Error! Not able to build for ‘armv7’ here, only for ‘x64’
pkg ... --no-bytecode. The build succeeded, so I copied the binary to my Pi. It worked! I no longer had to worry about keeping the deployed and development versions of node in sync. I could just check that configuration into git.
It works! But I think it just crashed… 😱
I live near tornado alley. Fortunately I’ve never actually had a tornado in my neighborhood. Unfortunately every year without fail a storm comes through and the power goes out. Sometimes it’s just a brownout where the power fluctuates a bit, but either way my battery-less Raspberry Pi reboots without warning. The point is that my Raspberry Pi services need to be ready for anything nature throws their way. Since I was using Raspbian, systemd seemed like the right tool for the job. I had no idea how to write a systemd service, but this seemed like the perfect excuse to learn. It’s actually very easy to make! The CLI is pretty intuitive, and you only have to create a single file describing how to run your service.
[Unit] Description=Tot Tunes [Service] User=pi ExecStart=/usr/local/bin/tot-tunes Type=simple Restart=always [Install] WantedBy=multi-user.target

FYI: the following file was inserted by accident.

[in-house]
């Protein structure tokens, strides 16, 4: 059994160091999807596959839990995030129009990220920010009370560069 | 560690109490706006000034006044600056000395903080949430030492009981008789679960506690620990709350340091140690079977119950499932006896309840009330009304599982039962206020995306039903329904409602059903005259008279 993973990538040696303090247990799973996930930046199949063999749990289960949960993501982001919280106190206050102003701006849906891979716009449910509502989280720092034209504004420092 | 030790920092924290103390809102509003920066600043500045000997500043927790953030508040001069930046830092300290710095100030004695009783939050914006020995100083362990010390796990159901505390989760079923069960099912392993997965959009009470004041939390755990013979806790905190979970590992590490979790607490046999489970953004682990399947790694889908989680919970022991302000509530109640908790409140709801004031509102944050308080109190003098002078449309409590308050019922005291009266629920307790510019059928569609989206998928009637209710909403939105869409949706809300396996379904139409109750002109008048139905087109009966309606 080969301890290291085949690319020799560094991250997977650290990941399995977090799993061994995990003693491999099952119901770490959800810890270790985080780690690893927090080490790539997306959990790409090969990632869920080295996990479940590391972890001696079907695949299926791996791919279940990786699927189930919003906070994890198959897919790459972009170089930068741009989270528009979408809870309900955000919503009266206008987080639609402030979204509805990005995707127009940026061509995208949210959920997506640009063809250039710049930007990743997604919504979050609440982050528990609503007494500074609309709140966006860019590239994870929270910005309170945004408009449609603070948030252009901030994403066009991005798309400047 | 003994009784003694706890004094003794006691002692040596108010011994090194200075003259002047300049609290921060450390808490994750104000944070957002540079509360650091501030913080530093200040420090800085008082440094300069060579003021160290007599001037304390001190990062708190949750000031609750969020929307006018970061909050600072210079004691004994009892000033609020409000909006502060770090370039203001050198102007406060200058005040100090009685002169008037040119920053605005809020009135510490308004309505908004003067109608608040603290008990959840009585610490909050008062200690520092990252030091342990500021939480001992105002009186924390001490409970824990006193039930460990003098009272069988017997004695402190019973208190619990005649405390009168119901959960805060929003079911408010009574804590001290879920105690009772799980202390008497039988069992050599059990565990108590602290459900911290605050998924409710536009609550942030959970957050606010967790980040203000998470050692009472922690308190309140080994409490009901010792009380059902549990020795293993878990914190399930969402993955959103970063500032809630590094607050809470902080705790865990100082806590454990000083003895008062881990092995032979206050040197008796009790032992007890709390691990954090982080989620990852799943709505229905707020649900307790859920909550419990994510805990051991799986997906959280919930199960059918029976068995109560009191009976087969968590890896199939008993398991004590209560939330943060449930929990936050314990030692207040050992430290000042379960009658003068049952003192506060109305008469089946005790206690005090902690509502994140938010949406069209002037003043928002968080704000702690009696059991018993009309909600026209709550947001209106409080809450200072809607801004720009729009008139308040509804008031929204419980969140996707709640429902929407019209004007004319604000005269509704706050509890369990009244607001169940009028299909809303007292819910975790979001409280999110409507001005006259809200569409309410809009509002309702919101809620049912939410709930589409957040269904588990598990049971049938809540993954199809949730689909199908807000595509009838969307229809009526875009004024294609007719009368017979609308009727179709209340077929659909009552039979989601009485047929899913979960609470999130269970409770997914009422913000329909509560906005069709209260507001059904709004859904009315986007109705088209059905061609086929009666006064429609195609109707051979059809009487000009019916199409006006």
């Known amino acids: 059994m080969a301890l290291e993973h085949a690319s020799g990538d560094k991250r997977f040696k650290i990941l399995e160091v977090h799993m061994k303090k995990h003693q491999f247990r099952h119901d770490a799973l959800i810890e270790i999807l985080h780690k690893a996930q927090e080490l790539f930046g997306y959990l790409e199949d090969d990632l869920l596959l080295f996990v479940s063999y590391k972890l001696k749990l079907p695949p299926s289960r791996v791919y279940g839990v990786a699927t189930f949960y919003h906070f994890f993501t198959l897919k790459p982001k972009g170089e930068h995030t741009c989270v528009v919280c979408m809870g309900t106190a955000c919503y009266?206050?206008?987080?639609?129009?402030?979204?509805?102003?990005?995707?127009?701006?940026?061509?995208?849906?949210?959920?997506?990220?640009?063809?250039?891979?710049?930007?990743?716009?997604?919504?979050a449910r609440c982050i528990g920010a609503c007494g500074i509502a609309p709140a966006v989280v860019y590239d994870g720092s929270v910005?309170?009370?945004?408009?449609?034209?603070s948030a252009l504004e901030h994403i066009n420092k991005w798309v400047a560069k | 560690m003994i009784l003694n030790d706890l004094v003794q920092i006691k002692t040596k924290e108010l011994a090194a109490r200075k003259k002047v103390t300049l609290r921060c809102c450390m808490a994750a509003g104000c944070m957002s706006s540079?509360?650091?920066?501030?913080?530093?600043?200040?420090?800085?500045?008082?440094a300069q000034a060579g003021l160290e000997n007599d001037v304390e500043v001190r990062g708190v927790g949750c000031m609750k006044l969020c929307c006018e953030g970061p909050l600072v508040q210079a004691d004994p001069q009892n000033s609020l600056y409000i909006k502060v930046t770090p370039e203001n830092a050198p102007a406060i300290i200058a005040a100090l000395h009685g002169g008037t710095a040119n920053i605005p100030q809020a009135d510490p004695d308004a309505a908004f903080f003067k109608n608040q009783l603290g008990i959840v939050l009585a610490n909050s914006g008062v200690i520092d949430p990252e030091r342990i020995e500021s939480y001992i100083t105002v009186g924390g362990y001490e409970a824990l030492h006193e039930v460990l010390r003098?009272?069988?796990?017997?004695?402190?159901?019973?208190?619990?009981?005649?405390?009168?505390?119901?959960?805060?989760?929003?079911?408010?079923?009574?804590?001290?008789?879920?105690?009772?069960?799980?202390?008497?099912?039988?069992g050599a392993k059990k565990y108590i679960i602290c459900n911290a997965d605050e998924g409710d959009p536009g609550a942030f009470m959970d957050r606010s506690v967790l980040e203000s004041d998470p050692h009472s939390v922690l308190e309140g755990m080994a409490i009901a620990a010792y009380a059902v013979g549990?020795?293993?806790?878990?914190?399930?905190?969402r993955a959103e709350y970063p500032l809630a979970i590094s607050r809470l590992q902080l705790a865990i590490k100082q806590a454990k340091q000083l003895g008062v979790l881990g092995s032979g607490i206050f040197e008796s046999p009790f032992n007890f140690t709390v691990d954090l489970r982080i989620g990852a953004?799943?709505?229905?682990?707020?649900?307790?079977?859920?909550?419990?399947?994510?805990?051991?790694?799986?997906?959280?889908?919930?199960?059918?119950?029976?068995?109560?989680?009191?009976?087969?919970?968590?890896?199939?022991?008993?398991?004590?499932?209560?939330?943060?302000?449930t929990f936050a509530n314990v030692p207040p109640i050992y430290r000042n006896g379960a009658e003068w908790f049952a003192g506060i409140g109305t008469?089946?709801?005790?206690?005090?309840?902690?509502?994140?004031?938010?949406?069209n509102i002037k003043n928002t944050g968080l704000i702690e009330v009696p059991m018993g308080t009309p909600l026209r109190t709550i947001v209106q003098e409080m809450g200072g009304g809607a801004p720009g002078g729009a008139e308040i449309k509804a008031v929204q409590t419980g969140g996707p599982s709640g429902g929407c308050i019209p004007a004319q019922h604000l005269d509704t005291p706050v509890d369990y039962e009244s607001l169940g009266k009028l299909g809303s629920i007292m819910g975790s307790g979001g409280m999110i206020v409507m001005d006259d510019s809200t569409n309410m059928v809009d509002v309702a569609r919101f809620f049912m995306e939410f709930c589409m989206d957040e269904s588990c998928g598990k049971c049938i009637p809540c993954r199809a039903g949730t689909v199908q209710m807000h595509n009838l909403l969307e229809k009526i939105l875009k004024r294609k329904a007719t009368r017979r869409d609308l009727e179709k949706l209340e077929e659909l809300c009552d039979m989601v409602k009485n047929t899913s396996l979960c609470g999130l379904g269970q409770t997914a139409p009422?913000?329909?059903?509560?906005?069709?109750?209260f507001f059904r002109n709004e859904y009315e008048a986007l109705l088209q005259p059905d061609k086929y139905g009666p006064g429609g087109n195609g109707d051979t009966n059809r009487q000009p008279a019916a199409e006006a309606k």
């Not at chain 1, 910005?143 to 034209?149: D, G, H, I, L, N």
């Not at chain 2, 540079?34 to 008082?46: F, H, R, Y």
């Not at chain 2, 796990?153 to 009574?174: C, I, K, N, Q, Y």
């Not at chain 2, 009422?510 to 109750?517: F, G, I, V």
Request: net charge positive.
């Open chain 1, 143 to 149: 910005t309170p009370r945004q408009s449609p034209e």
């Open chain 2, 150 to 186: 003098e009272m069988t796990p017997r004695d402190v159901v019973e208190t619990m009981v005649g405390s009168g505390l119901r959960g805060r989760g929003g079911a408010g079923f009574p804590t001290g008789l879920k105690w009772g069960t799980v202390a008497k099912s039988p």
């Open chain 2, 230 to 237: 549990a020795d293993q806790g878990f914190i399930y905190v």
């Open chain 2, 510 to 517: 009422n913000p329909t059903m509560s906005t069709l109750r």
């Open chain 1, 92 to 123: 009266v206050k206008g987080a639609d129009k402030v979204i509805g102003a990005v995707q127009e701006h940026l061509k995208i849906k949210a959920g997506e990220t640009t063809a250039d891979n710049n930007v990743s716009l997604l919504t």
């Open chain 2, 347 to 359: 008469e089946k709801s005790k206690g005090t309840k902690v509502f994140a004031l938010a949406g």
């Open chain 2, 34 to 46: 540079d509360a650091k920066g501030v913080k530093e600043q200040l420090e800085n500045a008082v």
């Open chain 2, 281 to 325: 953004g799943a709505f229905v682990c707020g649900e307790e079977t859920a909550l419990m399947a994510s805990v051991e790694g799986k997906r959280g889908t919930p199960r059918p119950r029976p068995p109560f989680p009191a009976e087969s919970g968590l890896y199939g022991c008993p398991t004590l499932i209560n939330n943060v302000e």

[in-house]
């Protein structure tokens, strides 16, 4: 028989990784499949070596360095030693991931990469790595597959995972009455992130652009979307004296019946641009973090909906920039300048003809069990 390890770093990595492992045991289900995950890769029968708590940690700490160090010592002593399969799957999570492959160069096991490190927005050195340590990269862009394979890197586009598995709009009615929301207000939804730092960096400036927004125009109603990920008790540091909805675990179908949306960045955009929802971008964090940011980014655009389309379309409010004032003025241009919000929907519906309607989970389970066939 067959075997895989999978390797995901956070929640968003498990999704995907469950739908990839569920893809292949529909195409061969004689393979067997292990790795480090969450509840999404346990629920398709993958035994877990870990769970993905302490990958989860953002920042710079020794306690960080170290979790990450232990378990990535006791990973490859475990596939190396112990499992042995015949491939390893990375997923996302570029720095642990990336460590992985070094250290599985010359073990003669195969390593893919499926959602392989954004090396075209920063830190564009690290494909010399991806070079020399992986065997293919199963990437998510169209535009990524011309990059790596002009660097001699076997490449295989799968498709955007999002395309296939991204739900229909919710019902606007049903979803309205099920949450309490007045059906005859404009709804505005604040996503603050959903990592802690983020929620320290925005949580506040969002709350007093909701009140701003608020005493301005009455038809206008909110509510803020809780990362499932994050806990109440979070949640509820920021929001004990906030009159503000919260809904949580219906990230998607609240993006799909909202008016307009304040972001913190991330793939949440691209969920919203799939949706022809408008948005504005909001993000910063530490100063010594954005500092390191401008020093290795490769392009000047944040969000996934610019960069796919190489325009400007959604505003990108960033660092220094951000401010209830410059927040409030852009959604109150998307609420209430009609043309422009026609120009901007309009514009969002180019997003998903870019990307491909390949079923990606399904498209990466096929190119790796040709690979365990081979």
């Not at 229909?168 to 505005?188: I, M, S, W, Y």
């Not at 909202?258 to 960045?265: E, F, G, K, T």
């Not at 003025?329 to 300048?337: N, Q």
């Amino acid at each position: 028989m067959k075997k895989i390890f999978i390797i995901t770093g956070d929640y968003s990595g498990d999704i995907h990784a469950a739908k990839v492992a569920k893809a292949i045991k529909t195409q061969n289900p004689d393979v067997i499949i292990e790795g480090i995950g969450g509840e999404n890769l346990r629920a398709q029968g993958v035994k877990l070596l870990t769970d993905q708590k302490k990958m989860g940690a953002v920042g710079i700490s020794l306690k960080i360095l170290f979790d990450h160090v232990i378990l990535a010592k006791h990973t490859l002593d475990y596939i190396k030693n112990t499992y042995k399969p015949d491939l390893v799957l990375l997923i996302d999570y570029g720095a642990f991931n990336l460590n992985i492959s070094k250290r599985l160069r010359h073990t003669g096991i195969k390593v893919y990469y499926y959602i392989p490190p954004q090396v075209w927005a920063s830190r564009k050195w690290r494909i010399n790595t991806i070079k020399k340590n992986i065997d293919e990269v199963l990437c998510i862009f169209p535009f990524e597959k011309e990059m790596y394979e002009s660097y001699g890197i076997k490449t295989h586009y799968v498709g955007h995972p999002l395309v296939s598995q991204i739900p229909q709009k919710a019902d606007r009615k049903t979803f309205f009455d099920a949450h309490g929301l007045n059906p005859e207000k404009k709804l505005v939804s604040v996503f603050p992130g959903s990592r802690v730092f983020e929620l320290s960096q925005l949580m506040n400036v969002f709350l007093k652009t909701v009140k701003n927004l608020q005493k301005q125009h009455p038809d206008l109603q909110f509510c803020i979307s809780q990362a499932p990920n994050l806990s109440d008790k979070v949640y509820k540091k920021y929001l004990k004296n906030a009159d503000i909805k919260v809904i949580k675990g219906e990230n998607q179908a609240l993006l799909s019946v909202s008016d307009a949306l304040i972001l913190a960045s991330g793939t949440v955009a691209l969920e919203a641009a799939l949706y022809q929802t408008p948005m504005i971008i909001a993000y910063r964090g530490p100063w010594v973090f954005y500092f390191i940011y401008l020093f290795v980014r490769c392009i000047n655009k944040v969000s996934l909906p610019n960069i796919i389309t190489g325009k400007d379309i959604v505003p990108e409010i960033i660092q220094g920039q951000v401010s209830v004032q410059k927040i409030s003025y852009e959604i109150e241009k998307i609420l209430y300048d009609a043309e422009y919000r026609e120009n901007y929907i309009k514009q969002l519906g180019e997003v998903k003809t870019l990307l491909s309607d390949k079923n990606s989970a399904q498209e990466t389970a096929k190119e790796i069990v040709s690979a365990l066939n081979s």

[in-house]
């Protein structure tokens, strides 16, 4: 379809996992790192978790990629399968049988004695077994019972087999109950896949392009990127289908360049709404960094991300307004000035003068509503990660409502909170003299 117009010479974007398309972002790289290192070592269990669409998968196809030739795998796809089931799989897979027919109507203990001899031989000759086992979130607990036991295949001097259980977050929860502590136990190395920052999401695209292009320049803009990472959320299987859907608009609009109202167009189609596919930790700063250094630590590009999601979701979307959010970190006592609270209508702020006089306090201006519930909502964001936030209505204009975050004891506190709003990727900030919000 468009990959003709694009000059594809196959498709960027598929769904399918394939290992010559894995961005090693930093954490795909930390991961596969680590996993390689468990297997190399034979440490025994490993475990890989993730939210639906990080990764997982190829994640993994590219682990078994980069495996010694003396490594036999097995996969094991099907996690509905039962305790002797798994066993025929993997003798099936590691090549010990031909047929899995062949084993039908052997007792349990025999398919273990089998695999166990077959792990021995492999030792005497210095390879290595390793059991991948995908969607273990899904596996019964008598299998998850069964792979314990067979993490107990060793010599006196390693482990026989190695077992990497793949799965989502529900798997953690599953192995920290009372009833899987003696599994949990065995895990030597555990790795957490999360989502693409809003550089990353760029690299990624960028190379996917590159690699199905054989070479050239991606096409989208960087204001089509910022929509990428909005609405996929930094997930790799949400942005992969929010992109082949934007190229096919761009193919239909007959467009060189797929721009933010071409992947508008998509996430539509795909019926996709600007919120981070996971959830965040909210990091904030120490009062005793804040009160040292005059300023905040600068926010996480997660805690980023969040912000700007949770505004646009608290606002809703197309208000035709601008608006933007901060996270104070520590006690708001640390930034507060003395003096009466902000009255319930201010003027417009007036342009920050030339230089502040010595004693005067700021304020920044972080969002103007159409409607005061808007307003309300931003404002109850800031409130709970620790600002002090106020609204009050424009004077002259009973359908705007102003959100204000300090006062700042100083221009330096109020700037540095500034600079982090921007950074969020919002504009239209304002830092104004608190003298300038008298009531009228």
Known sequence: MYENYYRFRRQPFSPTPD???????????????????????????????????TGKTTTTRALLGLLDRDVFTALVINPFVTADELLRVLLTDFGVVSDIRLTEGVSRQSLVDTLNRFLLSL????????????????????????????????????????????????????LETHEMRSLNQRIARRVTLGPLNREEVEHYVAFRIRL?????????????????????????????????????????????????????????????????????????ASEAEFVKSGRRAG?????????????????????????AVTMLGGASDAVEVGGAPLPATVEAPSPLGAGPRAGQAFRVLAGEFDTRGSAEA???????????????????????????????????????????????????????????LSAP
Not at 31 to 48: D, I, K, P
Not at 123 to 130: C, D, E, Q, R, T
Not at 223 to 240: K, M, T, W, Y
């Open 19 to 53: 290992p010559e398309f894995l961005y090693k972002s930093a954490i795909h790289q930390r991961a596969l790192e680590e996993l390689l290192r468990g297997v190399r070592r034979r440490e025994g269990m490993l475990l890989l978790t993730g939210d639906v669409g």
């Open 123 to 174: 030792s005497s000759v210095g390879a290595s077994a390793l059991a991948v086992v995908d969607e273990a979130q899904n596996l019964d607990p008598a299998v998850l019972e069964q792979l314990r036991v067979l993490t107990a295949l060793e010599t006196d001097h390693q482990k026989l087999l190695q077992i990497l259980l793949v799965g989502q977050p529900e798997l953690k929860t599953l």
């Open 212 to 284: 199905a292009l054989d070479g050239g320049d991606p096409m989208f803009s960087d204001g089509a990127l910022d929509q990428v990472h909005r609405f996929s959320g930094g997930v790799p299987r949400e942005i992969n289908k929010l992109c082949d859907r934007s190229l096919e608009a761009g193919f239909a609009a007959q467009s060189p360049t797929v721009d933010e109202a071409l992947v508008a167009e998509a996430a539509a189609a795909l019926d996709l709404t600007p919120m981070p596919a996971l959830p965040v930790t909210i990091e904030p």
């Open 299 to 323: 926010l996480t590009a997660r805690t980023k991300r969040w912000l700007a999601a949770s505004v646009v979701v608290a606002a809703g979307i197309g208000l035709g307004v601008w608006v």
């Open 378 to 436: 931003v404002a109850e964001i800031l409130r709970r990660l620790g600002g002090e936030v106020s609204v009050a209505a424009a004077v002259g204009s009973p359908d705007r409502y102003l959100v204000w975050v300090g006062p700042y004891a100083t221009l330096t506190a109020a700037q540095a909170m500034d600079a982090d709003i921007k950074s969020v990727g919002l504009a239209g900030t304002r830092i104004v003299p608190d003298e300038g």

Place that file in the
/etc/systemd/system/ directory. Then run the following commands.
systemctl daemon-reload systemctl enable tot-tunes.service service tot-tunes start
With this simple configuration you get a rock solid service that automatically restarts on reboots and crashes. As a bonus, it also has easy access to your application’s logs through the journalctl interface.
Mission accomplished? 🚀
Hacking on Raspberry Pi projects is fun and a little addictive. But if you’re like me, we also aspire to have a life outside of our little IoT overlords, so there’s not always time to spend hours learning a new operating system or programming language. We need to get an idea implemented quickly so we can get on with our lives with just a pinch more JS automation because you can never have too much JS 😉.
Although I chose node partly as a fun challenge, I think it has other advantages for IoT newcomers. For one thing, just about everybody knows a little JS, so it’s a way for those folks to get productive fast. If you’re not a fan of JS, there is a ton of tooling available to help you write TypeScript, coffeescript, and many other languages that compile down to JS. npm has thousands of packages so you can build on others’ work, and pkg allows us to package all of this up as an executable binary with no requisite dependencies to install.